Presenting: Arie Nerman and the Beach Hebrew Institute – The People’s Synagogue

Arie Nerman is a quiet, modest man. He does not talk much about himself; about his personal life he simply shares that he used to be in the advertising industry and also taught at Seneca College. For his extensive work in the community Arie Nerman has received several awards, including the Beaches/East York Citizen of the Year, and a tribute to his contributions has been immortalized in the Millenium Walk of Fame in Woodbine Park, right next to other important honour recipients such as Gene Domagala, Glenn Cochrane and Marie Perrotta.

At the Beach Synagogue the drop-ins are attended by 30 to 35 individuals on average. Some of the locals also drop by to socialize and mix with people. The doors are open to anyone and religion is not involved at all with the exception of special events on high holidays such as Christmas and Hannukah. At Thanksgiving special lunches are served, and the regular weekly lunches include soup, sandwiches and a dessert. Volunteers in various congregations add their own special touches to the lunches, sometimes in the forms of cakes or home-made casseroles. During the summer barbecues are held occasionally as well.

Beautiful stained glass

The drop-in lunches have now been held for about 6 years and they always take place from 11 to 1 pm. At the Beach Hebrew Institute there are approximately four regular volunteers while some of the other locations may have as many as eight volunteers.

During the drop-in I even bumped into my friend Gene Domagala who I had interviewed a couple of weeks earlier. Gene, another tireless volunteer, regularly helps with picking up the food from different locations, sometimes from private corporations, at other times from Toronto’s Daily Bread Foodbank.

As Arie was busy with the patrons, Gene introduced me to another interesting individual: Paul Mandell, who is a regular contributor at Centre 55, a local community centre dedicated to the welfare of Beach residents.

Paul Mandell and Gene Domagala, two Beach volunteers

Paul has been running a promotions business since 1996 the idea for which started with a meeting with Paul’s father during which his father spilled some coffee. In a sudden flash of insight, Paul decided to create cleaning rags, a particularly fortunate idea since he had been offered a whole shipment of unsold diapers which he ended up buying and refunctioning into cleaning rags. These were then sold to various property management companies, who incidentally expressed an interest in uniforms, which meant that Paul Mandell moved into the uniform business as well. Ever the consummate entrepreneur Paul also moved into the promotional items business and customized embroidery.

But not only is Paul a gifted salesman and entrepreneur, he also has a heart for the community. His local bank manager connected him to Centre 55, and ever since then Paul has regularly donated prizes for the organization’s golf tournament, an important fundraiser. He has also been running the putting contest. Over the last few years he even got more involved and wanted to generate additional funds to help feed people. He donated 640 hot dogs for the barbecue during the Beaches Jazz Festival and worked at the event as well. The barbecue has become a regular part of the Jazz Festival and now raises even more funds for local community programs. Gene was joking that Paul was the recipient of one of the coveted Centre 55 jackets, an item he would love to get his hands on too considering his extensive volunteer work at Centre 55.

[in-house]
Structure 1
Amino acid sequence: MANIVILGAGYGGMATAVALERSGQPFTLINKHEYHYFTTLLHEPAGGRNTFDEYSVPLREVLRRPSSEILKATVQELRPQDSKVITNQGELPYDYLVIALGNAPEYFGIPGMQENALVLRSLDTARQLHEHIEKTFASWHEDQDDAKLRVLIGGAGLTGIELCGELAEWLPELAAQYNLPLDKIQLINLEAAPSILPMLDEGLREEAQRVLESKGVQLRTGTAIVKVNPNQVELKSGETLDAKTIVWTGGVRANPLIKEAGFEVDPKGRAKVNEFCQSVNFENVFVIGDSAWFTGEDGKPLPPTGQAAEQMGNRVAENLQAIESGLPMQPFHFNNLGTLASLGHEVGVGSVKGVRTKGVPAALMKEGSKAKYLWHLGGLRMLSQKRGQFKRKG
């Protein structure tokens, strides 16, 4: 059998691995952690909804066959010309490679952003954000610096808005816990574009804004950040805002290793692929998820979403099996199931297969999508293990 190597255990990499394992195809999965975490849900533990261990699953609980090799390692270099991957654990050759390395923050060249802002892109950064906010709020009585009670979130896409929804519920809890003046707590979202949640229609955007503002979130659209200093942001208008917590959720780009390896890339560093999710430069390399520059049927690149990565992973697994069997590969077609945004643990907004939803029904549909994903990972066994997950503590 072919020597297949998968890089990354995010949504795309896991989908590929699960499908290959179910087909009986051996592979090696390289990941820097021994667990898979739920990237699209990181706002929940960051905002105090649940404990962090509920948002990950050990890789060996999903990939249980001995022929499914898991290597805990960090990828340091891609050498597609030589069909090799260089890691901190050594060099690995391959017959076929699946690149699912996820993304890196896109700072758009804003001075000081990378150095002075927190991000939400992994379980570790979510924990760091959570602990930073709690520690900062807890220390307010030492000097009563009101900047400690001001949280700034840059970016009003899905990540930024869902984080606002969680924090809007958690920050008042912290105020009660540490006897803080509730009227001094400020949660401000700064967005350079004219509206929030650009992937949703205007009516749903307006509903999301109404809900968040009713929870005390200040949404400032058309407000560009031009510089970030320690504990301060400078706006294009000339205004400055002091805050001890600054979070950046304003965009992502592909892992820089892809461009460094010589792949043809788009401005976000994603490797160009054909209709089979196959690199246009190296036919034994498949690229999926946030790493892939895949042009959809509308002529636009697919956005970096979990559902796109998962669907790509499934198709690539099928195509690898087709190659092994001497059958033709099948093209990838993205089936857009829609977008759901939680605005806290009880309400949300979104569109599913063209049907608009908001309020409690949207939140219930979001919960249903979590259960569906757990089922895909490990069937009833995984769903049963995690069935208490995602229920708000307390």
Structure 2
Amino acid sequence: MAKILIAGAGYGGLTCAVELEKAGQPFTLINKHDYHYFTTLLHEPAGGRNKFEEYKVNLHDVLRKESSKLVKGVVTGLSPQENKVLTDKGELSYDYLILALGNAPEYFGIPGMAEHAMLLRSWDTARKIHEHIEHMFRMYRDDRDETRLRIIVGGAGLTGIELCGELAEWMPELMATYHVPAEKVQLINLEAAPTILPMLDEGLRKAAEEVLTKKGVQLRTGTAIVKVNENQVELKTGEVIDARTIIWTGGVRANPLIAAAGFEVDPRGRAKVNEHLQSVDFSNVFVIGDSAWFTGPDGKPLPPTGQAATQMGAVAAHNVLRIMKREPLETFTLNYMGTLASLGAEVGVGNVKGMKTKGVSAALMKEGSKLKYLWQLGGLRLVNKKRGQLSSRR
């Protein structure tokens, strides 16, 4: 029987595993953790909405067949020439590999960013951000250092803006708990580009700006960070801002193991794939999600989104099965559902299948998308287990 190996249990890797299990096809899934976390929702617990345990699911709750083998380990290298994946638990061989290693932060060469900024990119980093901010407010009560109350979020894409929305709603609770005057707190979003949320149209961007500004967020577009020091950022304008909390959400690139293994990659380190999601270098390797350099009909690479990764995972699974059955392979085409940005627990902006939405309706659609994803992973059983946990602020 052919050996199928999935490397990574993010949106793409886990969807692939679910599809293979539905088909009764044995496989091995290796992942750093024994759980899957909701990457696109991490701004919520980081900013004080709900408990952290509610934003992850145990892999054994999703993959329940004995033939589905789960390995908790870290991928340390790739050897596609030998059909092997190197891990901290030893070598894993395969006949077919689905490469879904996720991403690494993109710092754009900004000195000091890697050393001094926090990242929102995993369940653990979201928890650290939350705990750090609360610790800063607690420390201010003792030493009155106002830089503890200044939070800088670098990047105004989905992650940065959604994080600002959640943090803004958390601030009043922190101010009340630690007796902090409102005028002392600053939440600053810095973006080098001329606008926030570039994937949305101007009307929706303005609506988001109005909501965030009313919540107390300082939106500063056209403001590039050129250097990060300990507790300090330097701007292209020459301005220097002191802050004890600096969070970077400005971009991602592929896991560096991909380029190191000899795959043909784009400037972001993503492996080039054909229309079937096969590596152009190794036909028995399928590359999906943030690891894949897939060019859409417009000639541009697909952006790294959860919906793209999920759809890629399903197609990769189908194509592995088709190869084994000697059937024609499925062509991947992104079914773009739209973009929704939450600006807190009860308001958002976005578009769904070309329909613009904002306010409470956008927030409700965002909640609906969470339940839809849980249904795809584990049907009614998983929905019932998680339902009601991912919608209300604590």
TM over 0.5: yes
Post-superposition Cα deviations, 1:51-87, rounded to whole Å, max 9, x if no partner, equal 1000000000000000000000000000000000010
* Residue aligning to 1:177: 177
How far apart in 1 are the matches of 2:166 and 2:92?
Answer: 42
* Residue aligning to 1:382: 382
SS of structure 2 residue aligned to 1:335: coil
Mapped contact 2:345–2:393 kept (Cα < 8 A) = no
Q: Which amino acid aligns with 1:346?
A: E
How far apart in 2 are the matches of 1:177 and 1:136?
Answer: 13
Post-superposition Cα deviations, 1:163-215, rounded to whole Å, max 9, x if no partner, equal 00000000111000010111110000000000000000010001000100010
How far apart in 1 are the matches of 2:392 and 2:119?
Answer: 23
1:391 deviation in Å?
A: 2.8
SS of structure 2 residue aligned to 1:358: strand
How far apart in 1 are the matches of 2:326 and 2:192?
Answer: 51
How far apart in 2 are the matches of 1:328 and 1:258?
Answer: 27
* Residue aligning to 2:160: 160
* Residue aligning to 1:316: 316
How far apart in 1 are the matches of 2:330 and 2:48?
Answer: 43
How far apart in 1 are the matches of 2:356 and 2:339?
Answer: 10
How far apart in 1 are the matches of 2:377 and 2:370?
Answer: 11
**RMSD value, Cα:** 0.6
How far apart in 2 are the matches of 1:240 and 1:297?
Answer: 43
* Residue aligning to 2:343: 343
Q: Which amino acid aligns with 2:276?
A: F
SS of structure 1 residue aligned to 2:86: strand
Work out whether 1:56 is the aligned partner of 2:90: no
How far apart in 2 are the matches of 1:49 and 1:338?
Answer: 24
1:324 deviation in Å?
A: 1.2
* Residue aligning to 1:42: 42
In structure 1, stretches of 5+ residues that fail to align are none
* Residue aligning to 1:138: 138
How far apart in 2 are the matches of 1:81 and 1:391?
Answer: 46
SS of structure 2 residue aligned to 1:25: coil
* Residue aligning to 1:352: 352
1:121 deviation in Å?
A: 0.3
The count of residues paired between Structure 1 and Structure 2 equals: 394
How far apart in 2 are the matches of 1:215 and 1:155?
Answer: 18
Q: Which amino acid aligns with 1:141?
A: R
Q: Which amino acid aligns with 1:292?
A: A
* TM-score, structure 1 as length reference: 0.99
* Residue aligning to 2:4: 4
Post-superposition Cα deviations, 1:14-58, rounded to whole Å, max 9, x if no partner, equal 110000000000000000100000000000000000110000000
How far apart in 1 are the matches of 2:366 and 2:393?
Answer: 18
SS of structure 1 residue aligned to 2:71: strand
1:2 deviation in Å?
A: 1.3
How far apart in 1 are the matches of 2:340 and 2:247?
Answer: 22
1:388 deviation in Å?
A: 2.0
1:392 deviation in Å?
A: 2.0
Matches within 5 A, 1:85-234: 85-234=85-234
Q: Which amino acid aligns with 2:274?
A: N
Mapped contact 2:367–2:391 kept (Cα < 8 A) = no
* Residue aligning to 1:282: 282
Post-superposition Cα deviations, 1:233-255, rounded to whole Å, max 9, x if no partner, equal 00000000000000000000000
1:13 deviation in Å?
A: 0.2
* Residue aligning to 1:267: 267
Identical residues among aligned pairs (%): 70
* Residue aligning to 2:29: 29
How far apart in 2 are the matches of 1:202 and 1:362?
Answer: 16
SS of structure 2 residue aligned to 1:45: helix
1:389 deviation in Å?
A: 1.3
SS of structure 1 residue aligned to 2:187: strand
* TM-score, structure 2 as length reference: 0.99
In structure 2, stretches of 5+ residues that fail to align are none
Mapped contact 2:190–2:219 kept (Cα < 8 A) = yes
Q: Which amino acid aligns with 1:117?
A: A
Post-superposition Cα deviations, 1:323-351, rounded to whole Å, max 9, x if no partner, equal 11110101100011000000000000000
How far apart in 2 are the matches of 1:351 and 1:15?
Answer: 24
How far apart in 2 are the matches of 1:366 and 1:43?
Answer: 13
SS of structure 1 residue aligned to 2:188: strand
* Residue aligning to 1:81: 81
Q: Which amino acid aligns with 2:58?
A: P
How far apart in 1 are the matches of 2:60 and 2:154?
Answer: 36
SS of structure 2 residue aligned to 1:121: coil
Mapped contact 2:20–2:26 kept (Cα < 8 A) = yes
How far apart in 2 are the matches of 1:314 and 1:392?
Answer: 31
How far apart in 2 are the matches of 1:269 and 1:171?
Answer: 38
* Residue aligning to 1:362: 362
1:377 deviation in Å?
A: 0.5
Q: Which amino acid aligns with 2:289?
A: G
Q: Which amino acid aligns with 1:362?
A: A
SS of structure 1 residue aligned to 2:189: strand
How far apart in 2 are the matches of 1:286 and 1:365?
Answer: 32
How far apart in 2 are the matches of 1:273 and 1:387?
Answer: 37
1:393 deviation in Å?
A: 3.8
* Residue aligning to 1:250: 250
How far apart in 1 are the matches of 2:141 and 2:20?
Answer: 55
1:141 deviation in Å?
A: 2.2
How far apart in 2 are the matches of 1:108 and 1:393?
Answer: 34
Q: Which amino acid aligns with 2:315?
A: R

Paul Mandell with the coveted Centre 55 jacket

I then had a chance to reconnect with Arie who mentioned that he has been the President of the Beach Hebrew Institute for many years and that he truly enjoys his community work. He also teaches children about Jewish traditions as well as Hebrew reading skills for their bar / bat mitzvahs. He describes his congregation as eclectic, and it includes all kinds of professions and people from all walks of life. Arie said that he needs to continually upkeep the membership so that the congregation can maintain this beautiful building.

As we were talking around 25 to 30 regulars were enjoying their lunches, sitting down in the community room in the basement of the Beach Synagogue. The lunch today included a vegetable soup, various kinds of sandwiches, and a diverse spread of desserts, including baked goods and fresh fruit. The atmosphere was friendly and it looked like people have known each other for a long time.

Arie and Celia are ready to serve some soup

I also had a chance to talk to Celia Gould, another volunteer who has been helping out with the drop-in for about four years now. Celia comes in every Wednesday at 9 am and helps prepare the food in the upstairs kitchen which gets carried downstairs into the community room. Other ladies drop by from other churches to help with the food preparation and they are usually gone by 10:30 am. From 11 am onwards the guests come in and start to enjoy their meals.

Celia explained that the soup usually comes packaged in frozen buckets from the Food Bank, sometimes it is delivered in cans as well. The meals are always fresh and highly nutritious. Celia has been living in the Beach since 1987 and enjoys the neighbourhood, particularly since you can get everywhere without needing a car. Her kids have gone to school in this neighbourhood. She enjoys volunteering and appreciates that Arie includes her. She finds the drop-in a very wholesome activity and enjoys the interaction with the local seniors who help with the food preparation.

Some of the volunteers are in their nineties, and they are all regulars. Celia herself hardly ever misses a Wednesday and loves to support the drop-in program. She says Arie is their hero and she is very proud to know him.

I bet many of the regulars at the drop-in feel the same way.

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